Finally after a year of waiting and months of anticipation, Apple’s newest and possibly greatest phone, the iPhone 4S, will be hitting the shelves tomorrow (the 14th of October) worldwide and Apple will be opening its doors to the millions of eagerly awaiting customer across the globe. To celebrate, we recap the build up and announcement of the iPhone 4s:
For months before the ‘Let’s Talk iPhone’ event the new iPhone was talked about, in whispers and in shouts. As clues came to light, whether by the over-exuberance of a telecom executive or the leaking of a case design from a Chinese factory floor, the anticipation grew. Everyone had their own pet theory about how the next iPhone would turn out.
One camp suggested a radical design shift and the name iPhone 5, a phone that came in a teardrop shape and included a massively expanded screen and powerful internals. Another, more dour camp suggested the more ho-hum iPhone 4S upgrade, which carried a faster processor and camera, but not much else. The incredibly hopeful (like me) suggested that they might come out together, a Batman and Robin duo that could operate on sufficiently different price points to justify their synchronised release.
In the end the iPhone 4S camp were proved right, but the end result was one that few accurately predicted. While the internals were upgraded, the nature and extent of the upgrades were much more than I expected. The software too was surprisingly exciting, with the AI Assistant Siri stealing the show, particularly amazing for those that had a chance to try the system out first hand after the announcement was made.
Let’s have a look at the upgraded hardware components first. Inside, you’ve got an upgraded CPU, moving from the single core ARM A4 to the dual core ARM A5. There’s been no complementary RAM upgrade, but it still makes a big difference – about the same, relatively, as the leap from the 600 MHz iPhone 3GS to the 1GHz iPhone 4.
The antennae is another notable upgrade, offering a dual mobile connection that allows automatic switching to maintain the best signal strength, as well as the ability to download using both antennae simultaneously for nearly double the speed.
The last major hardware upgrade is the camera. The megapixel count has been boosted from five to eight, but more importantly the relative aperture has been improved to f/2.4. In concert with the back-illuminated sensor which should allow much better low light performance. Full HD 1080p video recording is also possible for the first time, as well as shooting in a third of the time it takes a Galaxy S II.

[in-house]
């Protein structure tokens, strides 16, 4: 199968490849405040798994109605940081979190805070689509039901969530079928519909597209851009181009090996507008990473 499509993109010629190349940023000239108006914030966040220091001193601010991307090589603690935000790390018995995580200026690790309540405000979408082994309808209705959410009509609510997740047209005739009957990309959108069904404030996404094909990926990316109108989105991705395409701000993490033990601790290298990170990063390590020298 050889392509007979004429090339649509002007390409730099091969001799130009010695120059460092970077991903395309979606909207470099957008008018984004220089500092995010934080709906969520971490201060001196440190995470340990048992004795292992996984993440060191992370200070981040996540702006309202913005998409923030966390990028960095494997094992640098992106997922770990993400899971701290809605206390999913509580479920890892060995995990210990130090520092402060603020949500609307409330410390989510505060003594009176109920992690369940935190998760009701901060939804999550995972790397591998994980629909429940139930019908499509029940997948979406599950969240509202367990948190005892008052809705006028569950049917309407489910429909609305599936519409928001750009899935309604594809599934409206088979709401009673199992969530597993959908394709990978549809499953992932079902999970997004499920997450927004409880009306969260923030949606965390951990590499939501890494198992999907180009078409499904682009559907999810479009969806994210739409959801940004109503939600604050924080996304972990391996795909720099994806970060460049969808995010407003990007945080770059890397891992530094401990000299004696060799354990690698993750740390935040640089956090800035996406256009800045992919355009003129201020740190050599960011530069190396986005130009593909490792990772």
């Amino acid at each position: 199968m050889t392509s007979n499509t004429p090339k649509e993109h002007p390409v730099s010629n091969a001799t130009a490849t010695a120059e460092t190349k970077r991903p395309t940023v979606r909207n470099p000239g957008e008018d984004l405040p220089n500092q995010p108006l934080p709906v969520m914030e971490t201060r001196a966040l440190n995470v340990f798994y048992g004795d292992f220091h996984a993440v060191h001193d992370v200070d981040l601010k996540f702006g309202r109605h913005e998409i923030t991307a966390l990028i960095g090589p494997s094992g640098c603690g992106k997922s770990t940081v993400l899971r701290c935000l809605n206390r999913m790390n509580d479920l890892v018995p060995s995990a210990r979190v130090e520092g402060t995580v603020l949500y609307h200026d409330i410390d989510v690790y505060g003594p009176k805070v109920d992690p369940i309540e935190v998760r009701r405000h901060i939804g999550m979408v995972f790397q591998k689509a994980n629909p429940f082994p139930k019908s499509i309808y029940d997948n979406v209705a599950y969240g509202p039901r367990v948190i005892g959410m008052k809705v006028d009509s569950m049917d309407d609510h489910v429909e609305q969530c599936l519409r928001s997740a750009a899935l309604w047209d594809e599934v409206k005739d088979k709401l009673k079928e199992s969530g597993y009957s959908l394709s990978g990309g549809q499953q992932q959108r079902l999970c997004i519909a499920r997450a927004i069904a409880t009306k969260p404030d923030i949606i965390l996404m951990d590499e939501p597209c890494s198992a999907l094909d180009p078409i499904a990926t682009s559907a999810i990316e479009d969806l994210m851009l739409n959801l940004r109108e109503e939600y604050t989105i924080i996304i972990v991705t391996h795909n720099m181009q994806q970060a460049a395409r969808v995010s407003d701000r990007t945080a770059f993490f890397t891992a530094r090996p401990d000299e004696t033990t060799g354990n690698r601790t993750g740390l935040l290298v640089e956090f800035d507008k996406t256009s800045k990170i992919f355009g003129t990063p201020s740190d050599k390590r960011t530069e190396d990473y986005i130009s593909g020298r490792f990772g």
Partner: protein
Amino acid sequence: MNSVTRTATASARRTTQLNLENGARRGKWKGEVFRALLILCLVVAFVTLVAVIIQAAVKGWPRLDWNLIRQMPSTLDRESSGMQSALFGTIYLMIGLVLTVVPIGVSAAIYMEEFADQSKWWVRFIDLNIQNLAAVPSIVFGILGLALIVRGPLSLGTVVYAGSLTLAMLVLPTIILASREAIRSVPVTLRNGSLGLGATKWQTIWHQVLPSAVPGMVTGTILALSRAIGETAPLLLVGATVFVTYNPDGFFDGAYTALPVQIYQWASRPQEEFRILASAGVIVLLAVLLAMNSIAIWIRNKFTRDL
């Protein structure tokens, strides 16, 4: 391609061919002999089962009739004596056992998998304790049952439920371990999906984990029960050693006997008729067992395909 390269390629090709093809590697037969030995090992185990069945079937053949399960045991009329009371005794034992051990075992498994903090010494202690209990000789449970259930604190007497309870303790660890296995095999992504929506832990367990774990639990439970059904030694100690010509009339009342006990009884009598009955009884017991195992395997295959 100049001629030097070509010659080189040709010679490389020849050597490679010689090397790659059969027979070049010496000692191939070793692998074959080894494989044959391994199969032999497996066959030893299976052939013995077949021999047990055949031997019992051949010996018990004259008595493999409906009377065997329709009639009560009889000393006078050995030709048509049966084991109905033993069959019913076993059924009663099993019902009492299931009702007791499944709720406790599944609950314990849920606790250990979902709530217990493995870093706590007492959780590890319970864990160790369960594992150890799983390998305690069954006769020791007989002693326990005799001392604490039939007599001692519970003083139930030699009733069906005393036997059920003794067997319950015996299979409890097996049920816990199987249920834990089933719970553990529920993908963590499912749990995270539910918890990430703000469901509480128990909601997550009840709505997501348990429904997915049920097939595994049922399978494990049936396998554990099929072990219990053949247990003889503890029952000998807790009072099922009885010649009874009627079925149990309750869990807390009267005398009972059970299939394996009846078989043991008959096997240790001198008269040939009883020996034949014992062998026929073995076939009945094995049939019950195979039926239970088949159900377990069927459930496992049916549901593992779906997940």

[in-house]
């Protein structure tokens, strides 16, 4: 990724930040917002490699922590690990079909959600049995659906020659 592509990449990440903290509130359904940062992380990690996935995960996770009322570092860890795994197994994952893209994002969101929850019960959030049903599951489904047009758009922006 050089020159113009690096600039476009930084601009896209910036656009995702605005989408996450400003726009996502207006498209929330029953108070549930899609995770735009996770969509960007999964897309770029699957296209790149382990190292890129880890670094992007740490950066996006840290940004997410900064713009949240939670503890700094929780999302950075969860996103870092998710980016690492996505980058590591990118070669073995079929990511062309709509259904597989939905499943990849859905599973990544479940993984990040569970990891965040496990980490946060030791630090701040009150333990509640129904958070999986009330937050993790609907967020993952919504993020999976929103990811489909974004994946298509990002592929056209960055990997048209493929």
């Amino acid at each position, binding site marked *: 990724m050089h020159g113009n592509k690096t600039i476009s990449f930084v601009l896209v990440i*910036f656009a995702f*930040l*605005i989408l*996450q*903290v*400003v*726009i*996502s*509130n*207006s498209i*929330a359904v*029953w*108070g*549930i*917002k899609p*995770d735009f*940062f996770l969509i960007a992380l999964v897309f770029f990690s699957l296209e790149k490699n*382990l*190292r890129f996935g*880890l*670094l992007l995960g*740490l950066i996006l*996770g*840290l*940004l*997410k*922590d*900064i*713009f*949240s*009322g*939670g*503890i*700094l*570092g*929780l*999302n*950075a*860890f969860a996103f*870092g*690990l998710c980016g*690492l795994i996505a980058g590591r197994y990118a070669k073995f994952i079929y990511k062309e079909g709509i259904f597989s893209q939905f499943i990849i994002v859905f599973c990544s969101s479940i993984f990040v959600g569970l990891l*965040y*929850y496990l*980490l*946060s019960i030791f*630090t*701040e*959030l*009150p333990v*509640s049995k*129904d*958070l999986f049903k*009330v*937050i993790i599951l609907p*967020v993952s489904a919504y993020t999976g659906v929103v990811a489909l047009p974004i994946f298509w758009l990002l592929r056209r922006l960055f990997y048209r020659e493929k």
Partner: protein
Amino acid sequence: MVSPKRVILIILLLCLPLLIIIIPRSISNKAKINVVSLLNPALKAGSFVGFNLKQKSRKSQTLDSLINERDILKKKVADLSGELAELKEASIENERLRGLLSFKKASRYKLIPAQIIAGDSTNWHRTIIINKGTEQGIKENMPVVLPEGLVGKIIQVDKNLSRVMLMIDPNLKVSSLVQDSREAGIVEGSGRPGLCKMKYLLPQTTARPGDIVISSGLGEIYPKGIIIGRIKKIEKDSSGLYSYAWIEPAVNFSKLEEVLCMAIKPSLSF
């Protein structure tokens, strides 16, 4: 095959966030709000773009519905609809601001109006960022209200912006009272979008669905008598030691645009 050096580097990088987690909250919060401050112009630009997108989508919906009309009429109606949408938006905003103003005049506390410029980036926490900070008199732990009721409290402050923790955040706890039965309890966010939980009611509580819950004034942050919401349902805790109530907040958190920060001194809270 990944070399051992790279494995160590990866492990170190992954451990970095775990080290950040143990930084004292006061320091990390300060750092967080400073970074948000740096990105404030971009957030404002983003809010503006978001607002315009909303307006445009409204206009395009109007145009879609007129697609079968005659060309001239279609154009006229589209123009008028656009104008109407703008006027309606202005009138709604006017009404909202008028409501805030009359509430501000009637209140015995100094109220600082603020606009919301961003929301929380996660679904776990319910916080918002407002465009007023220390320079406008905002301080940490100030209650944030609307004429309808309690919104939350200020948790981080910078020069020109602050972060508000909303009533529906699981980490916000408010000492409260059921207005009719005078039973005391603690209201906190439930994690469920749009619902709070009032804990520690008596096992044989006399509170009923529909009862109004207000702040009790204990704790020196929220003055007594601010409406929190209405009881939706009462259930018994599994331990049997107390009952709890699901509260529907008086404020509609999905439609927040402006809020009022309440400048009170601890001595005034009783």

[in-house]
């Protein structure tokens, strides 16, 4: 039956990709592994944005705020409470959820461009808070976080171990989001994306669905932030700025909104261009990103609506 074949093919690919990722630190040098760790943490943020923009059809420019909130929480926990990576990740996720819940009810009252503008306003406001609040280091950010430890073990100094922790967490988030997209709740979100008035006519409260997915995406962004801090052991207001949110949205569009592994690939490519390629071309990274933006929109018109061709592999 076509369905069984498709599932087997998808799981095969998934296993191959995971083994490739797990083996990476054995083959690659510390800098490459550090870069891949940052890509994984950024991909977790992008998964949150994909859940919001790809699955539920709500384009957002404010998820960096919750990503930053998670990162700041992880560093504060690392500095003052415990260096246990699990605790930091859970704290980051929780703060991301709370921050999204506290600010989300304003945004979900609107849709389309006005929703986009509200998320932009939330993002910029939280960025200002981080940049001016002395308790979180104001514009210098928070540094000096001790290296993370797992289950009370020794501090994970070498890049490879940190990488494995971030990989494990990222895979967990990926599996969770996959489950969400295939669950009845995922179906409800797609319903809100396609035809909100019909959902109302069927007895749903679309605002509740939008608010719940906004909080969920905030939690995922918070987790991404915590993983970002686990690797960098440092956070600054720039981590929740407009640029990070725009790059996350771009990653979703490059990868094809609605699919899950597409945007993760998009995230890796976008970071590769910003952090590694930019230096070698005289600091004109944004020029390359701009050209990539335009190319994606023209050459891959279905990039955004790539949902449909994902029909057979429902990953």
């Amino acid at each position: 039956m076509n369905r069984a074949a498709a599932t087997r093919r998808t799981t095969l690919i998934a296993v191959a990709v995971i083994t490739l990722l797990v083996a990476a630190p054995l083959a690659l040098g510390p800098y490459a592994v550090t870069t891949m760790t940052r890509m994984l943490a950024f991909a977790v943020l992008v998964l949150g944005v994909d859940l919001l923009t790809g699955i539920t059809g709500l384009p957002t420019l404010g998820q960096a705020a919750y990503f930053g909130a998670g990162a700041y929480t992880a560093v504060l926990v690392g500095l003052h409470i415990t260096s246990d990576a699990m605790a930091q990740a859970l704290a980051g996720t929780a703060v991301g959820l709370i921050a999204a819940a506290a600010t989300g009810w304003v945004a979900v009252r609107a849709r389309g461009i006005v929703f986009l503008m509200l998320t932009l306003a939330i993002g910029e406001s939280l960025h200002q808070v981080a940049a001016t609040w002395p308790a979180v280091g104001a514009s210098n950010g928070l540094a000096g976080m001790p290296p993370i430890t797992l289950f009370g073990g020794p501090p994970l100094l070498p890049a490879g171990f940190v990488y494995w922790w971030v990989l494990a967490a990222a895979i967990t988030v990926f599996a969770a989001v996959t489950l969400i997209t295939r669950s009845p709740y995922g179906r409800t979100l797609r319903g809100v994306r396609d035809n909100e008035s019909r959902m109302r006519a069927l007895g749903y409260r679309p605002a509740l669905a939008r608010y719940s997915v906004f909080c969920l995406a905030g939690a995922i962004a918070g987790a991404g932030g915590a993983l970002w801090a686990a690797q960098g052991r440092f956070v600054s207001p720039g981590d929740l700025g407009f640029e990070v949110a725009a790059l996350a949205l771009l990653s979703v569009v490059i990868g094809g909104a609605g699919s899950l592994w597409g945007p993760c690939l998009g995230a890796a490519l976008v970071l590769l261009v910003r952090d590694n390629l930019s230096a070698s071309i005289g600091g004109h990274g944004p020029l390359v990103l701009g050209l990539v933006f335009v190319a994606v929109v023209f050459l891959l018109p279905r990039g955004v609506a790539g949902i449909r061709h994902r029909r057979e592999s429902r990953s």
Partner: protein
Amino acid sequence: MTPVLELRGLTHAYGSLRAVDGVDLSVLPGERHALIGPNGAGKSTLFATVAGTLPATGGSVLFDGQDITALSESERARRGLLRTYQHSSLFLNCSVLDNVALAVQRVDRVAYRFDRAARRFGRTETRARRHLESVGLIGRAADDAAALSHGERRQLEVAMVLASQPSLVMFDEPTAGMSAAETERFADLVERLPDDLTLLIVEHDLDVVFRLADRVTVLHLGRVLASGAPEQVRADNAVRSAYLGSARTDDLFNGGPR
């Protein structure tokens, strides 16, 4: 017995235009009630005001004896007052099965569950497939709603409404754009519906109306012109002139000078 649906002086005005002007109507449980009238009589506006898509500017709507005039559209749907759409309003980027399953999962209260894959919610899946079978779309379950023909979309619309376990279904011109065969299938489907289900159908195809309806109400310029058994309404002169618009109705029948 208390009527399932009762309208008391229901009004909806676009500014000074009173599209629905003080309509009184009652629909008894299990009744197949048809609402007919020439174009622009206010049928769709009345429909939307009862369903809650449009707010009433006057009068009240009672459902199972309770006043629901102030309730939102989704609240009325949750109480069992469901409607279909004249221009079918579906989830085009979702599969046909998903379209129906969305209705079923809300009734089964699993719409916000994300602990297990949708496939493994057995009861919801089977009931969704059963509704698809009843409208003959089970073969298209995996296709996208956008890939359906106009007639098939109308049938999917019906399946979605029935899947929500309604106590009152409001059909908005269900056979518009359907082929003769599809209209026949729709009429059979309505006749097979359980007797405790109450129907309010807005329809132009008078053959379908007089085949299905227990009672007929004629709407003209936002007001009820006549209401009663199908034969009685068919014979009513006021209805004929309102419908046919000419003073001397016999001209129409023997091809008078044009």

Software was another important part of the upgrade; iOS 5 comes with a good assortment of changes and upgrades to keep things feeling fresh, including a messaging program called iMessage to rival BlackBerry’s BBM. The standout performer though was Siri, the digital AI assistant that wowed so many of the event’s attendees.
Even with all of these changes, the iPhone 4S still feels like an incremental upgrade, and not the radical leap we were looking for. When all is said and done, you can’t tell the iPhone 4S apart from an iPhone 4 at a distance. If you’ve got your phone in an iPhone 4S case, the task becomes doubly impossible. For many of the Apple faithful, the 4S will not be enough – if you’ve got your heart set on the iPhone 5, then even the magic of Siri is difficult to swallow.
Apple’s chance to convert Android enthusiasts was also wasted. These folks wanted a technically outstanding machine to test their loyalties, but received only a marginal upgrade that’s still behind current generation of Android phones, and will be even further behind when the next wave of HD capable Android beasts are released. One such phone, the Samsung Nexus Prime, was even teased the same day of the iPhone 4S announcement, and was to be revealed this Monday gone, though the event was postponed.
The iPhone 4S may not be the phone that creates a new period of dominance for Apple. Instead, it represents an opportunity for Android and Windows Phone to get back into the game, besting the new release with fresh, bold designs and top of the line hardware. With the tragic death of Steve Jobs and the ongoing legal action between Samsung and Apple overshadowing the product launch, the iPhone 4S might be destined for mediocrity. For Apple’s sake, I hope the iPhone 5 isn’t too far off.